Dams & Decision Making

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Former Veazie Dam site on the Penobscot River

Deciding what to do with dams is an increasingly pressing challenge. The Future of Dams Project takes up this challenge in the northeastern US where there are approximately 7,000 dams, some of which are aging or obsolete and where 50 dams are eligible for federal relicensing in the next decade. Making decisions about dams requires the evaluation of tradeoffs for fish passage, community identity, hydropower, social justice, flood storage, and more. Focusing on communication in interdisciplinary social-ecological systems research can support the evaluation of tradeoffs, as communication fundamentally shapes collaborative research and social, technical, and policy outcomes.

As UMaine co-PI, I am helping to support and lead this multi-state initiative. My research on this project occurs in collaboration with Tyler Quiring, a Ph.D. student and research assistant, as well as more than 50 faculty and students at UMaine, University of Southern Maine, University of New Hampshire, University of Rhode Island, and the Rhode Island School of Design.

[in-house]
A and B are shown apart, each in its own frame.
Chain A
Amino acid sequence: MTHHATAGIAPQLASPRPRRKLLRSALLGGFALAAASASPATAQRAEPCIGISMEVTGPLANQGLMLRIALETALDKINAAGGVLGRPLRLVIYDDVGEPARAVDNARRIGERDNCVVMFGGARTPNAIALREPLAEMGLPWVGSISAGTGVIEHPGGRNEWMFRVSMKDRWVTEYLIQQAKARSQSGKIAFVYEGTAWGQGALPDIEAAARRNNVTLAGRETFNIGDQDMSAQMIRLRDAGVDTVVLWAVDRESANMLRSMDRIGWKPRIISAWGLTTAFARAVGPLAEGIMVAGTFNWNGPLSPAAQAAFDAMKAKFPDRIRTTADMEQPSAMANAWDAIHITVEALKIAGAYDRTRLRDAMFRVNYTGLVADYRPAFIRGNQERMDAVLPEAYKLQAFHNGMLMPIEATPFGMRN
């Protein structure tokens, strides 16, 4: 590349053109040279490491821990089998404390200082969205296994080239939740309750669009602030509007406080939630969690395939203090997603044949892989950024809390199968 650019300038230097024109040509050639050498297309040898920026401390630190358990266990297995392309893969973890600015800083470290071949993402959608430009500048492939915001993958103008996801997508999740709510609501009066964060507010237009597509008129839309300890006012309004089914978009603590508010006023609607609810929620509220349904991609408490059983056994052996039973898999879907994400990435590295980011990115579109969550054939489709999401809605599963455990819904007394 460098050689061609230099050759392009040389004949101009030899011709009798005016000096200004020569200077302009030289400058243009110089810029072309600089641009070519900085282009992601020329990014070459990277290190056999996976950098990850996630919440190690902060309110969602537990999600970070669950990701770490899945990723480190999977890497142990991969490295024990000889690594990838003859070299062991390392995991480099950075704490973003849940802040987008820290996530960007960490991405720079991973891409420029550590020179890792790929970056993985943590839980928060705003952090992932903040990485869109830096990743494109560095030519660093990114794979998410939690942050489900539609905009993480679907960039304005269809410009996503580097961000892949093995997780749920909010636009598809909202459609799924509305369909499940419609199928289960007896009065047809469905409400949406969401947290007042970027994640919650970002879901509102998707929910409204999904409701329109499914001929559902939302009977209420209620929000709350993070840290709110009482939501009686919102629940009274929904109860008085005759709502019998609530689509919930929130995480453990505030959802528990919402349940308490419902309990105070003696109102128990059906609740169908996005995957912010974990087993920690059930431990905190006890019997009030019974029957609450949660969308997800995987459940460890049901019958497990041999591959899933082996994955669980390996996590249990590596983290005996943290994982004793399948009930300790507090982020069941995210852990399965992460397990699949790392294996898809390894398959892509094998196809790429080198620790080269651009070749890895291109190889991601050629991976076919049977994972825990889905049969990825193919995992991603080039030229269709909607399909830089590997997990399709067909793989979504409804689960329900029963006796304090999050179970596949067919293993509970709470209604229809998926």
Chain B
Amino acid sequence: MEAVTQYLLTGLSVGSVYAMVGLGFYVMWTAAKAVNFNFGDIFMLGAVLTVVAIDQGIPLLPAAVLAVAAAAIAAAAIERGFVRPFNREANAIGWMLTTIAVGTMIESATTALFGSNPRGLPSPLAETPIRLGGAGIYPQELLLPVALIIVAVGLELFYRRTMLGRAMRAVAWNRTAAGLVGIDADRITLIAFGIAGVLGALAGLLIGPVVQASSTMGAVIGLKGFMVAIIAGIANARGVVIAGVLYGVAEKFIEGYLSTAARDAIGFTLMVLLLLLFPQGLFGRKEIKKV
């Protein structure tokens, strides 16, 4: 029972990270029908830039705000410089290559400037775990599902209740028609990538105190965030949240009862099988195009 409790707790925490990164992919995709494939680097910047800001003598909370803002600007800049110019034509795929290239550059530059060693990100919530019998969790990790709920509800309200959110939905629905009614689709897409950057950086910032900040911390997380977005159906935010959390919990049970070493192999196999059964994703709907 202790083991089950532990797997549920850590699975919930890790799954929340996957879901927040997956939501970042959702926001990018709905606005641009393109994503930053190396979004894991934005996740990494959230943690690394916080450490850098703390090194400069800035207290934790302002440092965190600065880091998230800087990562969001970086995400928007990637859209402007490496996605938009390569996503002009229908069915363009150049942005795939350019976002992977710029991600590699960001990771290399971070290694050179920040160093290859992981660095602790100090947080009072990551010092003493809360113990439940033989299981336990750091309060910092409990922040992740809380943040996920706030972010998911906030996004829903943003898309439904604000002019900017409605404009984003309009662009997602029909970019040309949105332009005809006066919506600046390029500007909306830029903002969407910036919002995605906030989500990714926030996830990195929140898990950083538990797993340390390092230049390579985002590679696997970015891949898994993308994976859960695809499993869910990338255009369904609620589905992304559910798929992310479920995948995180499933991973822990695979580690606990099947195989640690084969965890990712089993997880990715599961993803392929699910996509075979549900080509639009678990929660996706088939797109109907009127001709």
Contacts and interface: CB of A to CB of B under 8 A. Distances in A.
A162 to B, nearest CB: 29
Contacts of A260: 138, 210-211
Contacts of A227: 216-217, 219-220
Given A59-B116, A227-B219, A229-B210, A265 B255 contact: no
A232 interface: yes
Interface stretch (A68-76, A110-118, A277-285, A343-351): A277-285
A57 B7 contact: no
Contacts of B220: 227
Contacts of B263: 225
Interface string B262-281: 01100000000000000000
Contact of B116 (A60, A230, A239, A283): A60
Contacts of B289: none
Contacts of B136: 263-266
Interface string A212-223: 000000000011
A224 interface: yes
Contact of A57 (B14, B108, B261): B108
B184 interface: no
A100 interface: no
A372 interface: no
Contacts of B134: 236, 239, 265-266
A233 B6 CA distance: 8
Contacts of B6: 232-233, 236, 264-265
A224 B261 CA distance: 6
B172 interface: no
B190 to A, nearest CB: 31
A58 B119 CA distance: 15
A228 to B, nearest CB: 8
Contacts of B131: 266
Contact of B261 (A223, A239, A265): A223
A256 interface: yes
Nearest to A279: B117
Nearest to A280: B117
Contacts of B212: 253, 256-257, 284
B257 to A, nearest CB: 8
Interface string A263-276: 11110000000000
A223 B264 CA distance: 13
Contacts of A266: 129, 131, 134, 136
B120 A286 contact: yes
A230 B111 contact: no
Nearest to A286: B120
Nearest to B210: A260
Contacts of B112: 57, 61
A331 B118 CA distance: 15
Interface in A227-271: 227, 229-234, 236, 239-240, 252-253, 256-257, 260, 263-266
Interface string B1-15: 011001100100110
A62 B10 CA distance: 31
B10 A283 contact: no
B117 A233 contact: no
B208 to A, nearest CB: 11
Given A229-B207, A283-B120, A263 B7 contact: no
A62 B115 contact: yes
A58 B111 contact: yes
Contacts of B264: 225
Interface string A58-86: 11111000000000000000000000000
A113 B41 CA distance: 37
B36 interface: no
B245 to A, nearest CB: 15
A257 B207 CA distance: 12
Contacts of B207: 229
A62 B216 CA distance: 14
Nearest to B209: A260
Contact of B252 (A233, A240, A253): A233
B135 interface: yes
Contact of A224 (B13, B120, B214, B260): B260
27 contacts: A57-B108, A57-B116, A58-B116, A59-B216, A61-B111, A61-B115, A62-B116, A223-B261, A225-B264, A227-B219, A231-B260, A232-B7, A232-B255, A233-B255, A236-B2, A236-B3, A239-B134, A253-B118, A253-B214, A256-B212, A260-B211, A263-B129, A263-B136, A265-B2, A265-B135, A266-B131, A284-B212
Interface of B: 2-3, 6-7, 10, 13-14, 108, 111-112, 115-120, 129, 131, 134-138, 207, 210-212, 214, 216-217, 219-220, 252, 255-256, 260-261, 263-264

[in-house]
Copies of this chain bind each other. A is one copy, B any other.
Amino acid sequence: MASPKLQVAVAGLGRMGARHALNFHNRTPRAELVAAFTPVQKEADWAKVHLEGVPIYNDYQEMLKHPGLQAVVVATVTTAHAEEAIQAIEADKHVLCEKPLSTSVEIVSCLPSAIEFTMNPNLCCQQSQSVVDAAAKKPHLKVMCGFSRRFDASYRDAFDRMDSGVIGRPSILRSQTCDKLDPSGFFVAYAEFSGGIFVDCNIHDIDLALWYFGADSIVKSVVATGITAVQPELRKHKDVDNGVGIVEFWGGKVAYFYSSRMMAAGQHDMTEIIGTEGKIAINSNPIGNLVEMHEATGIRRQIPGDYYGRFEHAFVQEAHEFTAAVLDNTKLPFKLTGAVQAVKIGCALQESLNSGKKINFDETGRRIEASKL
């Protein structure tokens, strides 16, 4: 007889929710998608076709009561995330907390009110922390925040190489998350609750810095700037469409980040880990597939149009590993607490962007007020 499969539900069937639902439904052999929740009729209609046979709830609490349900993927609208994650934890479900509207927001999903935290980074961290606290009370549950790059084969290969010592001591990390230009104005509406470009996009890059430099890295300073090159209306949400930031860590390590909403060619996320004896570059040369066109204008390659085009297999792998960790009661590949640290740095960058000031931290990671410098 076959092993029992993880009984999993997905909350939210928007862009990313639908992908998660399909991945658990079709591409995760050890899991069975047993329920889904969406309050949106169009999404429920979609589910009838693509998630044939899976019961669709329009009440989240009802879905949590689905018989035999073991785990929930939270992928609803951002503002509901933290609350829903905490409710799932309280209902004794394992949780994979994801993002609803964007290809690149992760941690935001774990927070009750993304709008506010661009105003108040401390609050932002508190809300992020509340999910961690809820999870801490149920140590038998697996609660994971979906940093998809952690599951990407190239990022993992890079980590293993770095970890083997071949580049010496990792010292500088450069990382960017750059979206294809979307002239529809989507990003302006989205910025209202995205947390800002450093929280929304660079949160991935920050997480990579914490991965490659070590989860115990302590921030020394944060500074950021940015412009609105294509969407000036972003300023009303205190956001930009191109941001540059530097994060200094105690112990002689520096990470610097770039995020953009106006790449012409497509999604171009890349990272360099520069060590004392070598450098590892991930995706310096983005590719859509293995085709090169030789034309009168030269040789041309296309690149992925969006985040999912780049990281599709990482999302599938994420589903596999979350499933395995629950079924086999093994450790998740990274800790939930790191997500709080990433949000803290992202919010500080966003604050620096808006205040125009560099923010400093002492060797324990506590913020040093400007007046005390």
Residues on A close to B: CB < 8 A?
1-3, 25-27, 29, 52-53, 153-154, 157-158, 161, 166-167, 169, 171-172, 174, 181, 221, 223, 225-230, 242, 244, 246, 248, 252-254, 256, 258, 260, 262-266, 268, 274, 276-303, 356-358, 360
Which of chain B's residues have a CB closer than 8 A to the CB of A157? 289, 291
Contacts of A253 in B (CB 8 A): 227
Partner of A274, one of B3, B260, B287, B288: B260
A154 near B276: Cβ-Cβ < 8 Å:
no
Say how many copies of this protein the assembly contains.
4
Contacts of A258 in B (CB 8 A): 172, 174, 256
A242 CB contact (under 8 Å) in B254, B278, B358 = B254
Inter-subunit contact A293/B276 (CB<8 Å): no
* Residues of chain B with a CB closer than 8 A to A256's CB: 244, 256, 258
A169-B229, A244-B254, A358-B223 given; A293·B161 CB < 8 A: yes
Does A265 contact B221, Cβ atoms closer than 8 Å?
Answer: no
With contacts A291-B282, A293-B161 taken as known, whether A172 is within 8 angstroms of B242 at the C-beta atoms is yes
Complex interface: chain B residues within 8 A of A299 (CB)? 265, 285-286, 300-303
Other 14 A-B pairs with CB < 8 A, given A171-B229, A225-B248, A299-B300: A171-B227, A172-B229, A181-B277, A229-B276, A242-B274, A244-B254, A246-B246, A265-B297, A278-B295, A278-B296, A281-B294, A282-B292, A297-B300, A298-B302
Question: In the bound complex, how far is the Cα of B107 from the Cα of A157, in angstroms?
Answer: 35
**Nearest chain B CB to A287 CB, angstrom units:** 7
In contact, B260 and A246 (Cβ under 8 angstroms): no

My primary research objectives on this project include advancing:

  • Dynamic Design Planning (DDP) as a unique model for studying and shaping communication practices within sustainability science.
  • A communication study of the Penobscot River Restoration Project to describe how communication shaped the process and outcomes from this river restoration and hydropower development effort
  • A news media discourse analysis in wich we are explorinng questions about news media framing and spatial patterns in news media coverage
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The Future of Dams team at an All Team Meeting in Rhode Island, September 2017.